|There's more than one way to do things
Re^8: Is it worth using Monads in Perl ? and what the Monads are ?by gaal (Parson)
|on Jun 14, 2007 at 16:27 UTC
I don't think we're disagreeing much on the technical side. There is one point I keep getting back to, which is that Haskell lets you do a lot of effectual computation without evoking the IO monad. Take STM for example: this is a way of sharing information across threads. It has great benefits over synchronization by explicit locks. But it doesn't allow you to do just any IO in the threads, so it doesn't fit all applications. But it does help terrifically with some! The takeaway is that in the imperative world, all side effects are equal in their, uh, effect on purity. If you write to a global you may as well write to a socket. With Haskell, this is not the case; you are encouraged to do more in other monads or in pure functions. STM's one example, parsing's another. If you didn't have the power of the typechecker you might find yourself wanting to parse something but thinking of ungetc!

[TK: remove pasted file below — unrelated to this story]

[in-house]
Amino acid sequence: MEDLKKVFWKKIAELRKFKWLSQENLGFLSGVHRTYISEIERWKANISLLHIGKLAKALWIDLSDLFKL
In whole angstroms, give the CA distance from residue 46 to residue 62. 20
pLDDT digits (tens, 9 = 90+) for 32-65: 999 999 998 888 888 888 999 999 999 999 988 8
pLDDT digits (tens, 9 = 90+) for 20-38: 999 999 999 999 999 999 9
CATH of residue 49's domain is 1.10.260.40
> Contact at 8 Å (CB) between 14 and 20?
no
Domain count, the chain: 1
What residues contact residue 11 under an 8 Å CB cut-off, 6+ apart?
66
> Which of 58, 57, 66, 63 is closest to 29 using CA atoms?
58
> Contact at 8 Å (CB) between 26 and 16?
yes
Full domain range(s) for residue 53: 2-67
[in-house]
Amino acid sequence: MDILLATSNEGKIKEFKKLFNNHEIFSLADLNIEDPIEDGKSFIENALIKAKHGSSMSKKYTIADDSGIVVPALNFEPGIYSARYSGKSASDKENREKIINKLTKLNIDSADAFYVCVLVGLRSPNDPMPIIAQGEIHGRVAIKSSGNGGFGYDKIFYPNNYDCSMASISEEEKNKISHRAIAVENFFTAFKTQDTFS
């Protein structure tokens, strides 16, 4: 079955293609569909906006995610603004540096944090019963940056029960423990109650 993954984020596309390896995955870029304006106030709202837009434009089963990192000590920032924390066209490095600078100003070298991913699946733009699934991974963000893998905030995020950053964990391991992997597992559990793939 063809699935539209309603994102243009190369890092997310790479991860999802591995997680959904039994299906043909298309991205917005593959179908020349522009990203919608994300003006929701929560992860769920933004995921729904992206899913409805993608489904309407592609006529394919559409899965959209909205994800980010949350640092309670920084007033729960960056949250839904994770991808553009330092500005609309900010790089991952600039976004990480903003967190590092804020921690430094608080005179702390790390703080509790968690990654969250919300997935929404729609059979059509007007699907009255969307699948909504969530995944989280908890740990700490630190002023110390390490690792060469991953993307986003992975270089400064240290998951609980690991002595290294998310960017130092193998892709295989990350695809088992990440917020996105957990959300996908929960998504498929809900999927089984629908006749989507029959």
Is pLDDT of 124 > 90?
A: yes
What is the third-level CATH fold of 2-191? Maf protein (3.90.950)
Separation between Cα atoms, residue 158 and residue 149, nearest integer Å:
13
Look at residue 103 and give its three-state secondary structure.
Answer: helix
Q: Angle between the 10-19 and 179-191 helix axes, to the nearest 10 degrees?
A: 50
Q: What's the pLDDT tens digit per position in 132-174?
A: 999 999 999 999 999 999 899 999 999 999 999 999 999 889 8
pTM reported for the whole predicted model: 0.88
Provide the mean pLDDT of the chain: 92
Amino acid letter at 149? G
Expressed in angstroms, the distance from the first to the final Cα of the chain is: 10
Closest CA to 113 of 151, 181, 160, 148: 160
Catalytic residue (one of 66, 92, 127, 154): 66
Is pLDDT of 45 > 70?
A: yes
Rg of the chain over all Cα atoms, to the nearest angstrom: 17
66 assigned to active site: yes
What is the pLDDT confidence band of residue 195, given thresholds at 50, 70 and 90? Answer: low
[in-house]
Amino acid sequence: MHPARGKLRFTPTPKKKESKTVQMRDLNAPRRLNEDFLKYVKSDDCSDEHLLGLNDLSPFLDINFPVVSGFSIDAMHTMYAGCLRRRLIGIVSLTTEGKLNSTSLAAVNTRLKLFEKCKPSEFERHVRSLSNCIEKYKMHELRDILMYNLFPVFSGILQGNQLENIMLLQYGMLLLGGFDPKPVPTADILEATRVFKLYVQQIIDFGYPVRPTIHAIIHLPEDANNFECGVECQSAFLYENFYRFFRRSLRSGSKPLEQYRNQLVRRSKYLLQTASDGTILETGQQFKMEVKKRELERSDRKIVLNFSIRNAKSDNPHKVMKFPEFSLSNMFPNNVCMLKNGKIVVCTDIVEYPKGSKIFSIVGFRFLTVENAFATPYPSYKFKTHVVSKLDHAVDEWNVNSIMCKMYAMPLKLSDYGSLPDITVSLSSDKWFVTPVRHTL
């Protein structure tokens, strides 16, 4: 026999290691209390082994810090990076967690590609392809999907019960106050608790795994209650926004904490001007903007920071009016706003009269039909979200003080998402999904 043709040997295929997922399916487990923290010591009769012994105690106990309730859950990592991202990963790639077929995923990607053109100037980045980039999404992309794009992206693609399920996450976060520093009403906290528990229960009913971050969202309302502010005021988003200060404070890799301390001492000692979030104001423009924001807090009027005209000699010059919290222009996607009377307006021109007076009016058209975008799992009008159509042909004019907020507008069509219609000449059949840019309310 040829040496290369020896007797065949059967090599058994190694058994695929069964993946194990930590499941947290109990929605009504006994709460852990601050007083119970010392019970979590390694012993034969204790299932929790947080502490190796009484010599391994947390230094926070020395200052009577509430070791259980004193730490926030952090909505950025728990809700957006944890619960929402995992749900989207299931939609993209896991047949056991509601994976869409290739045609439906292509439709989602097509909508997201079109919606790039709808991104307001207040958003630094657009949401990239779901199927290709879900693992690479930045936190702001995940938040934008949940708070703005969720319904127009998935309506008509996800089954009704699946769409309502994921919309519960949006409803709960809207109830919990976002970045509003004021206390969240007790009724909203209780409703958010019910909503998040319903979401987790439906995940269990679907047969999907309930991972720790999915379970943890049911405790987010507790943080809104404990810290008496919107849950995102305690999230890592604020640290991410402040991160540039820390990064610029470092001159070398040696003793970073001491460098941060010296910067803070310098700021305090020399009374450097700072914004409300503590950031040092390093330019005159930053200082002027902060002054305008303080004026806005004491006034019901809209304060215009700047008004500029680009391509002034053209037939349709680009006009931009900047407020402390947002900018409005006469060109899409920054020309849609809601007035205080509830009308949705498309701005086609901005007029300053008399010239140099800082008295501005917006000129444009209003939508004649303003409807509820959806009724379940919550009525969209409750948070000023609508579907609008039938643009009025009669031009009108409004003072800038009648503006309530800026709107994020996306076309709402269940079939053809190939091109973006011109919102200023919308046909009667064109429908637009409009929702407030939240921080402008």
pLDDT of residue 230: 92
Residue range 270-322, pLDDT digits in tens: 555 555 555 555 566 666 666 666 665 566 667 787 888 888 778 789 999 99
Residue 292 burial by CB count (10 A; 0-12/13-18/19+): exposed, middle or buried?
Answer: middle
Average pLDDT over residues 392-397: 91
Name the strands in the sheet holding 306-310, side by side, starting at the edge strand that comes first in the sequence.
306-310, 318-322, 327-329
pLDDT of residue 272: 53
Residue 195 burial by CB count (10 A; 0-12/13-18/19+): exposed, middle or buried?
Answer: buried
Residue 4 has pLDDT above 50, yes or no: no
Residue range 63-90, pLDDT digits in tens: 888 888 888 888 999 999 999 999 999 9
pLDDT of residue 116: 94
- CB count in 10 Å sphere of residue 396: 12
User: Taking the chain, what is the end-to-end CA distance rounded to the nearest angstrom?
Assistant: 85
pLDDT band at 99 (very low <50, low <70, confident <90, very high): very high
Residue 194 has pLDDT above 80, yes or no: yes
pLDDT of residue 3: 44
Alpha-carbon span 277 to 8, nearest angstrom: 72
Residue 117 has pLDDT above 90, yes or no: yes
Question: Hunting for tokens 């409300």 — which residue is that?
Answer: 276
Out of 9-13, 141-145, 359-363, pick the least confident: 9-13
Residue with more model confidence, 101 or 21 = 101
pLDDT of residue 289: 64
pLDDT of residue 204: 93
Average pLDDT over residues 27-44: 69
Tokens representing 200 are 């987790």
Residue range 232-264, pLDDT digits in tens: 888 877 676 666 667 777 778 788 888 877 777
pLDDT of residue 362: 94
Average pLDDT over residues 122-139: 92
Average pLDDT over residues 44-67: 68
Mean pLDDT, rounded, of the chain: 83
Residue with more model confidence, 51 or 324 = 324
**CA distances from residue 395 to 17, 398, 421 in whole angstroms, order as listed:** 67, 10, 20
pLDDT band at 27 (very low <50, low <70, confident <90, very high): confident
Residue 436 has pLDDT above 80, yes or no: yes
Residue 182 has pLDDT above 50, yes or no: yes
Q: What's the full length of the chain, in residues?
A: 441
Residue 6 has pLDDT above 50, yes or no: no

About condescension: being a newbie often sucks! But I don't know that Haskell is worse than other language communities in this regard. Give the C FAQ a look, it's not exactly innocent of snark. In my experience the Perl community is by far the most welcoming for newcomers, but it has its share of idiots too...